I interviewed Zuhra Bahman, who is spearheading the Zanan Women’s Project. She hosts monthly women’s workshops on a range of issues relating to Islam, radicalisation and assimilation. The purpose is to educate, inform, and empower women: making them aware of their rights, giving them the skills to challenge extremism, and giving them leadership training to improve their social and economic opportunities so that they can become active members of their local communities. I was interested to hear the thoughts of someone so deeply invested in, according to the review, the most marginalised members of British society. Did she think that report depicted accurately what was happening in Muslim communities? “It’s true what Casey said about men being more than happy to keep women in the position that they’re in. The men want to come home and have their housework done, they don’t like the idea of their wives going to work.”
Zuhra said that the biggest challenge she had in implementing the work she was doing was actually getting women to the sessions. “The biggest obstacle is that the husbands won’t permit them to seek out learning opportunities. The husbands act as their gate-keepers; a lot of the women that come here we had to go through their husbands to convince them. It’s an incredibly regressive way of doing things, but we don’t have a choice, it’s the only way we can reach out to these women and help them.” Zuhra told me that an initiative to try and target the men in the first place, and to inform them about the benefits of letting their wives attend the sessions, was a failure. “We spoke to more than 100 Afghan men, and only one, ONE man sent his wife to us! They regarded us with suspicion and contempt, saying things like, ‘What, you want our wives to be like you? Going out to work and leaving the children behind?’. These are the attitudes that we are dealing with.”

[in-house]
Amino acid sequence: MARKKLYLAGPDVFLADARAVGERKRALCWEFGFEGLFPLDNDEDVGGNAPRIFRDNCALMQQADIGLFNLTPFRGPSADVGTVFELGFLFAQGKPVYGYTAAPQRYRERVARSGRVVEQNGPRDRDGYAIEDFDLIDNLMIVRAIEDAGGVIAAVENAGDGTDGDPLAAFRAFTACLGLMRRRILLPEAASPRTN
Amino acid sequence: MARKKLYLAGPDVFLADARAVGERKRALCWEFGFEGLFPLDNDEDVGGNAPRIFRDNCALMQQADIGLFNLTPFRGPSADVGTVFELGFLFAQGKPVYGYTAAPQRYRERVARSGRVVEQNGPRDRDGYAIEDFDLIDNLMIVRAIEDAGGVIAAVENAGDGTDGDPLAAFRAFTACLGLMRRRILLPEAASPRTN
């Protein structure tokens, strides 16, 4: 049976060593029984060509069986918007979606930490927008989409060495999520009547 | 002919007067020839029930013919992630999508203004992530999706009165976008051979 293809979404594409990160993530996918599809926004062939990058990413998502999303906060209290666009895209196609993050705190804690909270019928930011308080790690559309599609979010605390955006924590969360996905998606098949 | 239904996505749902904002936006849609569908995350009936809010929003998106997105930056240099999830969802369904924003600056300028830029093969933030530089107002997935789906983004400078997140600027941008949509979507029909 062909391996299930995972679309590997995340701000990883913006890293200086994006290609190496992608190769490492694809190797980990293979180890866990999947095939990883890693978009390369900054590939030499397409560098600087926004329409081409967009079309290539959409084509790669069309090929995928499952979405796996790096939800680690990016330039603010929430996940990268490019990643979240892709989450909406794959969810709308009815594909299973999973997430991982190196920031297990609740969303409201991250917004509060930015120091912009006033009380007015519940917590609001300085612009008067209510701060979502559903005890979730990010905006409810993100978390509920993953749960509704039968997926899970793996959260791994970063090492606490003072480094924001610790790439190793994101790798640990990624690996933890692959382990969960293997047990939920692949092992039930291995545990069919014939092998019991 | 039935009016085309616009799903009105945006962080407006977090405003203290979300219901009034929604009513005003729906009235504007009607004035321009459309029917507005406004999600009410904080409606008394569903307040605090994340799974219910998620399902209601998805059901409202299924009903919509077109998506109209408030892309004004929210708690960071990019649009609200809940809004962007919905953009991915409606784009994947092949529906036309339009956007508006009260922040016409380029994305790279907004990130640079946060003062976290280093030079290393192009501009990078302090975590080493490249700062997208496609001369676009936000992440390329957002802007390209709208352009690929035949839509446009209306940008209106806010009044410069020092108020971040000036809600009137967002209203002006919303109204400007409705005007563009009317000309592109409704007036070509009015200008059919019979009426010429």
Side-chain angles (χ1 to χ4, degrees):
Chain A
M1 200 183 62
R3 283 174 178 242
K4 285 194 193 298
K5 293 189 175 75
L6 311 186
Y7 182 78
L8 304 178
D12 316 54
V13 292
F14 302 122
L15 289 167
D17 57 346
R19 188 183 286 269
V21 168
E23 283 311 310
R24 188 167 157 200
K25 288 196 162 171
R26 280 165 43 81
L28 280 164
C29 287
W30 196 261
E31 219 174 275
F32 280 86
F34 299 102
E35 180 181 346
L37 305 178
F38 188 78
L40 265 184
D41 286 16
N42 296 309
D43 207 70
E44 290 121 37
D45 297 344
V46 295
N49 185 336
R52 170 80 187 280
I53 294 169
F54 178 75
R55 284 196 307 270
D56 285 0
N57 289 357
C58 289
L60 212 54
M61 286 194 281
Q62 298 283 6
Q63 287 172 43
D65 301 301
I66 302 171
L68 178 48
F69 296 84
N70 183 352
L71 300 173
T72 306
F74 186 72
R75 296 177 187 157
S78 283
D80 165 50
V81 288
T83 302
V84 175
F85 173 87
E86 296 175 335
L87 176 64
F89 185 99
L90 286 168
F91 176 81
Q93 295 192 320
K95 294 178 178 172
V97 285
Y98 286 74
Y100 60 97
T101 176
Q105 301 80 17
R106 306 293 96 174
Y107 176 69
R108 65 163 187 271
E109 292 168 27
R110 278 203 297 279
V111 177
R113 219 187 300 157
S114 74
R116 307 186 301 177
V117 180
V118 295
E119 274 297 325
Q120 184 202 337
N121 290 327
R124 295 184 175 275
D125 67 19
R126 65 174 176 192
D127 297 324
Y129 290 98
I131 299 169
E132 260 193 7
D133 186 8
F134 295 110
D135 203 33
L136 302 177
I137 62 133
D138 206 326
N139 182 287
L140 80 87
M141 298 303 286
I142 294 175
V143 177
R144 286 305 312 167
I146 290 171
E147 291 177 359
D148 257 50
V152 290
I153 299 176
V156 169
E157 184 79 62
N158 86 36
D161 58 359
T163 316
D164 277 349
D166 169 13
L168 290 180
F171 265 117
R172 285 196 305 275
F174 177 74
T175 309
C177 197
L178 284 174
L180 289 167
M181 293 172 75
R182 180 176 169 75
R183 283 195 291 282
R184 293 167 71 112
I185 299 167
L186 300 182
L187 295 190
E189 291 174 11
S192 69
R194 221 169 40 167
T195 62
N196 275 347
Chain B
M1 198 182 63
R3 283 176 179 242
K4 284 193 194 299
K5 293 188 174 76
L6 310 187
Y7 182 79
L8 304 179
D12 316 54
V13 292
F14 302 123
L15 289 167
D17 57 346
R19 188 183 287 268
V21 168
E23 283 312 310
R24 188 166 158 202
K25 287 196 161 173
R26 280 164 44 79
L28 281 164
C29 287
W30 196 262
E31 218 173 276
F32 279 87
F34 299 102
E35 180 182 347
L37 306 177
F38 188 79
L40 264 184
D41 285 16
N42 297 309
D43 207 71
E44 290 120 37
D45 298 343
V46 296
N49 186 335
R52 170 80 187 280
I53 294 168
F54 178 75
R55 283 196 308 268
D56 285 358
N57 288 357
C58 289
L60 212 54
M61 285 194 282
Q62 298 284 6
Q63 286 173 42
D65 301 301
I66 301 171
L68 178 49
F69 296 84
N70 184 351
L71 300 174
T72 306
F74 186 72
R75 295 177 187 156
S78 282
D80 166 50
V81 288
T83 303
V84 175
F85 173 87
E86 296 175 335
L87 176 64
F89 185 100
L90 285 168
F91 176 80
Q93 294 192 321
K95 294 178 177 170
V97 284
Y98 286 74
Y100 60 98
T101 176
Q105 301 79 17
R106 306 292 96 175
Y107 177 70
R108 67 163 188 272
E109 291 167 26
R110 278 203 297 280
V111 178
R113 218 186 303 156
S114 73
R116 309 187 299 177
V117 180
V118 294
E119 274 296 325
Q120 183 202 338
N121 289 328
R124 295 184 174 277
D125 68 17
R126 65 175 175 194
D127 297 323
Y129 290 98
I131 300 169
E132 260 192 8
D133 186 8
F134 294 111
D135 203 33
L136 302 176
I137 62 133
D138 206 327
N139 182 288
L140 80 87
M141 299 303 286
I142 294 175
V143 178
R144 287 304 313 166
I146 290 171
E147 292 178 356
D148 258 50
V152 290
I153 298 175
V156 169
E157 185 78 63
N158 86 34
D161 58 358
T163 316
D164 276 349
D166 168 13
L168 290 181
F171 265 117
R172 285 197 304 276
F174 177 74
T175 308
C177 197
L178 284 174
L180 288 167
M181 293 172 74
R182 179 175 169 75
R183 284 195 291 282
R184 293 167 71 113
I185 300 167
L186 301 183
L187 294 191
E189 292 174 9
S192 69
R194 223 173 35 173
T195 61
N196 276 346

Zuhra said that the only women that came of their own accord were either from broken families as a result of divorce, or those from a highly-educated background. But the latter were few and far between. “Even well-educated women are being oppressed,” She went on, “We have one woman that was a professional back in Afghanistan. When she moved to the UK over ten years ago, she found that it’s commonplace here for the women to have to serve the needs of the men. Her husband was a political activist, so instead of being able to go and retrain to get her relevant qualifications, she had to host meetings, and cook food, and serve the men that her husband was engaging with.” Sadly shaking her head, Zuhra told me, “She’s nearer retirement age now, and she’s bitter, resentful of the opportunities that she’s been denied, of the life she could have had.”